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ZAM reflects on recent happenings

LOCAL musicians have been in the spotlight recently with the acquittal of Pilato and the release from prison of General Kanene.
Over Pilato, the Zambia Association of Musicians (ZAM) got some flack after saying they had nothing to do with him.
But the association is nonetheless happy with the way things have unfolded.
“We’re happy that Plato’s case did not go any further…the perception that ZAM cast him away has no basis. As an association, we only detached ourselves from his work but we are still committed to representing his interests as a Plato,” ZAM chairman Njoya Tee says.
And forget what General Kanene did or did not do after being pardoned, but ZAM was still happy that the musician was able to get a presidential reprieve.
“We are very excited not that we agree with the offence that brought him ‘General Kanene)’to prison but the President has exercised prerogative of mercy. What we can say to ‘General Kanene’, he shouldn’t be very excited and forget where he is coming from,” Njoya stressed in an interview shortly after General Kanene was freed.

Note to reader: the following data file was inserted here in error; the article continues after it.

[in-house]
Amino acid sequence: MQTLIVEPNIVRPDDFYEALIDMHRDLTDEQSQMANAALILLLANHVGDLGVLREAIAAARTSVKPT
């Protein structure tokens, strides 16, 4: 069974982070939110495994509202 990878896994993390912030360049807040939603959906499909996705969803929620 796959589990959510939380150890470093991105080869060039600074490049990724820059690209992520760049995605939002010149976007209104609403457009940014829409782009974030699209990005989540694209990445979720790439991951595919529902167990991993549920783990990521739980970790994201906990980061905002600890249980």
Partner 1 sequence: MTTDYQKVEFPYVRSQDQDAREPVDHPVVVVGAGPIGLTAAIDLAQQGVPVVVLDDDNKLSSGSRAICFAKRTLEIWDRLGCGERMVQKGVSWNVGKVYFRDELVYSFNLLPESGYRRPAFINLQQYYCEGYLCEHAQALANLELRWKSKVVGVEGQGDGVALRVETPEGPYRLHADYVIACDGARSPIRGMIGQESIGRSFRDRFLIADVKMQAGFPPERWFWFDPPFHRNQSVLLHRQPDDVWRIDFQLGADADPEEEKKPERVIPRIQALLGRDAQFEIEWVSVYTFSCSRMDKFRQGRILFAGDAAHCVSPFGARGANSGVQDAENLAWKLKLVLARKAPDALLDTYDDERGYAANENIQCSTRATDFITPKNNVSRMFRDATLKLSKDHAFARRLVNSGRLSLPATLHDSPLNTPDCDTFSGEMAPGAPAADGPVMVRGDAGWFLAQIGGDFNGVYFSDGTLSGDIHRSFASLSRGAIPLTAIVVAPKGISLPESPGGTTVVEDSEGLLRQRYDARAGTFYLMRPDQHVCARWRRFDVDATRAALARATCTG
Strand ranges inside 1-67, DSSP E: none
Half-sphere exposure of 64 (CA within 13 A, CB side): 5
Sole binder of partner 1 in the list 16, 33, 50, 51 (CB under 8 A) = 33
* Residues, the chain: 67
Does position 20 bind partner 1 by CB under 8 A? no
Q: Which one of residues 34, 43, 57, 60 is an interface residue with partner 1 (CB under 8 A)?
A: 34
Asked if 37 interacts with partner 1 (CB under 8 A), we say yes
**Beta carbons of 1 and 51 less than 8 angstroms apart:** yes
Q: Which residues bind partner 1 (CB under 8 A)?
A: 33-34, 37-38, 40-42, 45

“It is important that he should be very reflective as he goes to society and let him make up his mind not to disappoint the Republican President because as you heard from him [President] ‘General Kanene’ is being sent as an ambassador for the President to speak against and fight defilement. All we can say to him is to use this second chance positively for the good of the nation.”
Meanwhile, ZAM will soon hold a stakeholders workshop dubbed “Freedom of expression: Is there limit for musicians?”
The meeting is aimed at helping musicians understand matters of freedom of expression so that they do not find themselves on the wrong side of the law with their artistic works.
Among stakeholders expected to partner with ZAM are Law Association of Zambia, Media Institution of Southern Africa, the Church and veteran musicians.
At the meeting, ZAM will also discuss the way forward and how to face the future especially that Zambia will be having elections next year.
Njoya noted that musicians have been contracted by political parties while others are siding themselves with certain groupings.
“We want to be very strategic as we face next year because we have to have positive influence and contribute positively to peace which Zambia has enjoyed for the last 50 years,” he says.

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